There’s little doubt that certain dietary characteristics cause more fat loss, more muscle growth, and less hunger, but you need to figure out how to work these characteristics into a dietary pattern that you enjoy and can adhere to over the long term. When the goal is fat loss, everyone has their own jive for what will work best. Don’t underestimate the importance of being true to yourself and your preferences.
Also, don’t be afraid to try new things. If something stops working for you, then consider abandoning it and finding a new path forward. I see this most often with the low-carbohydrate crowd. Someone loses a hundred pounds and then stalls out or even starts regaining some weight, but instead of reconsidering their dietary methods, they just dig their heels in and end up spinning their wheels.”
Lastly, in this day and age of Google searches and unlimited access to information, almost everyone feels that they can become experts on anything. In terms of diet and nutrition, there is, unfortunately, no lack of “diet gurus” who peddle nutritional programs based on scant scientific evidence. As a nutrition scholar, Alex ends our interview by reminding people of the importance of listening to contrary opinions to construct a dietary and nutritional lifestyle that works.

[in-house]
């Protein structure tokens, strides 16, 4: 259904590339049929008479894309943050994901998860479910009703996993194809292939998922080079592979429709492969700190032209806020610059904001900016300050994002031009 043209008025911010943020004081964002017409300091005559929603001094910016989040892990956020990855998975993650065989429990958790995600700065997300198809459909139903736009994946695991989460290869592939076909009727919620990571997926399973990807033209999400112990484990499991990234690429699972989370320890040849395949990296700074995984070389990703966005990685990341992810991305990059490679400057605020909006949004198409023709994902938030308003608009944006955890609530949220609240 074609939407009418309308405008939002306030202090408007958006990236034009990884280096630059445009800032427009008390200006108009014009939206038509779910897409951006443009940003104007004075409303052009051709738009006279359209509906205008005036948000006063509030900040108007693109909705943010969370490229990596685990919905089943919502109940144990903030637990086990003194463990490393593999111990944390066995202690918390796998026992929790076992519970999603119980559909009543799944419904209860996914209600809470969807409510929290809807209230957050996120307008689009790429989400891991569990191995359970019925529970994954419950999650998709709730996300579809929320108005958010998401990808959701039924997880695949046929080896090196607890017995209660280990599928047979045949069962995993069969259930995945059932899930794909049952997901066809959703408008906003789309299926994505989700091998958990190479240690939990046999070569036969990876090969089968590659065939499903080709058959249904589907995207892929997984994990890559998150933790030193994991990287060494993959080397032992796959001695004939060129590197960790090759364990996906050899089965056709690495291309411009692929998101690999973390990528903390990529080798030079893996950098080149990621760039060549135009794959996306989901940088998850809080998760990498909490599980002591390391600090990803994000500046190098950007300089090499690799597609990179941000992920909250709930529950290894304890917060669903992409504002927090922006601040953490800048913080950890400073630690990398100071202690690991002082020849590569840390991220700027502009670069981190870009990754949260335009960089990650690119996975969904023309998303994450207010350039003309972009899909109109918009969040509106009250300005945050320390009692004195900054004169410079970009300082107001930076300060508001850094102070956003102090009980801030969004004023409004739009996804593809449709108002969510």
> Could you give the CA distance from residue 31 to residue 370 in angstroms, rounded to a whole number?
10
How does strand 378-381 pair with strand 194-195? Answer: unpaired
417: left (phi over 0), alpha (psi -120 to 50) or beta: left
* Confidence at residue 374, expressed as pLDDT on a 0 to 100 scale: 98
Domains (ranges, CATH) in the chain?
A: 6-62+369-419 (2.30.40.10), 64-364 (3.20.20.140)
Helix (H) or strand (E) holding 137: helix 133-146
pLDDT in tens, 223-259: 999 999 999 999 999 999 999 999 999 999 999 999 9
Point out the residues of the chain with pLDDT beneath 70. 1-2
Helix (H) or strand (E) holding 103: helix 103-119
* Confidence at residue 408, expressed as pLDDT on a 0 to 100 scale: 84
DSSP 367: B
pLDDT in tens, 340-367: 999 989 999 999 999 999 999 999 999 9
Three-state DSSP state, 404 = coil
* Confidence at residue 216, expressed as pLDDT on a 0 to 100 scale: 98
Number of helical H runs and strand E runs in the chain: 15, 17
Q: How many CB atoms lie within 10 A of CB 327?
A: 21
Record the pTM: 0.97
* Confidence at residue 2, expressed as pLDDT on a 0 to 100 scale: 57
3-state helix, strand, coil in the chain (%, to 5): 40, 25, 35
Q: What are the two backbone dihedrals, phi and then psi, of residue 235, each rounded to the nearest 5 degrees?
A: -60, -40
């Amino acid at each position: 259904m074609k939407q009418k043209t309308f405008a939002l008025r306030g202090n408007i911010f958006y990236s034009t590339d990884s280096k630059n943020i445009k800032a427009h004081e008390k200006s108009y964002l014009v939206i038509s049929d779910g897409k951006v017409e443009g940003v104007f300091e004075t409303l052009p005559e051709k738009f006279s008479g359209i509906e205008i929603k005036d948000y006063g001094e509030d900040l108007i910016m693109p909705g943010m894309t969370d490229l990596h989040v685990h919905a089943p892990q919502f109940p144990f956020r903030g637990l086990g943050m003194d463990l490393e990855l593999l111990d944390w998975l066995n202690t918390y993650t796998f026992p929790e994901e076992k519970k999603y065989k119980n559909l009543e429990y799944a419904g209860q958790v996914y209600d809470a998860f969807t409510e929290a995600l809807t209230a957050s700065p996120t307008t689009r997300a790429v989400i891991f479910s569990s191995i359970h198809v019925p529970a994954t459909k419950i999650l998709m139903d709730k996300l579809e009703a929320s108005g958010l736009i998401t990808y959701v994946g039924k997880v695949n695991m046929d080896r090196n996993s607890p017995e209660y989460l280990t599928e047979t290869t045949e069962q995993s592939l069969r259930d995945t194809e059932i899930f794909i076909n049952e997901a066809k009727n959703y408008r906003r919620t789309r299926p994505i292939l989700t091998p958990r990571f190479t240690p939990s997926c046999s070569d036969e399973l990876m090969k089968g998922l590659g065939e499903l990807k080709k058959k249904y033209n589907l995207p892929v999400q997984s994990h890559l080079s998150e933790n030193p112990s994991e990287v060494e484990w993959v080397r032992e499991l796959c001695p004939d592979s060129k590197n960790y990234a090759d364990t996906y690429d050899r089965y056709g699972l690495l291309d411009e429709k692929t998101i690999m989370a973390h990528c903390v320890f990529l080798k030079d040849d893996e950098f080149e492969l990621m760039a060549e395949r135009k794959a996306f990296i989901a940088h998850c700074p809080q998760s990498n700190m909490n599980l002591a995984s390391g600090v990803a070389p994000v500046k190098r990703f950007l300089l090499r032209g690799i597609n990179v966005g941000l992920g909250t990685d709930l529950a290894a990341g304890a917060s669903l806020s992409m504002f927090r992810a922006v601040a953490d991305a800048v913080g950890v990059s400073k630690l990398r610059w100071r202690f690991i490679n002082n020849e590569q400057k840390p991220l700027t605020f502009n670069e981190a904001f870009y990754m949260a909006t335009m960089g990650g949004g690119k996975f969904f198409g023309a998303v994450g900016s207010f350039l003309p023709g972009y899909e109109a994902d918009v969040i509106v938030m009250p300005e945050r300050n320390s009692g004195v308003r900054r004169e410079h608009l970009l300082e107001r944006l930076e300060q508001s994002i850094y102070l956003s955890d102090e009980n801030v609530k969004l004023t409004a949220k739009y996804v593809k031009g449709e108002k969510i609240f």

“Be open-minded and evaluate arguments rather than people. I probably said at least one thing that you don’t agree with. Don’t discard it out of hand unless you have a well-formulated argument for why I’m wrong,” he says.
“If you don’t have a well-formulated argument, then consider putting one together. The simple process of trying to craft a steelman of your own or another’s argument can go a long way to clear up uncertainty. As for evaluating arguments rather than people, don’t disregard everything I said simply because you didn’t like one piece of it. People can be both right and wrong when you break apart everything into their individual positions, so focus on the substance of what people say rather than the people themselves.”
Interview by Tobias Roberts, BSc. Department of Community Research, The Paleo Foundation, El Salvador.
If you are interested in learning more about Alex Leaf and his work, check out his “Fat Loss Blueprint Program.” This 18-lesson program spends only two lessons talking about diet and exercise, while the other 16 lessons are devoted to addressing the things that no one else considers, the things that could be silently sabotaging your dieting efforts and causing that insidious tightening of the belt.
This work is licensed under a Creative Commons Attribution 4.0 International License.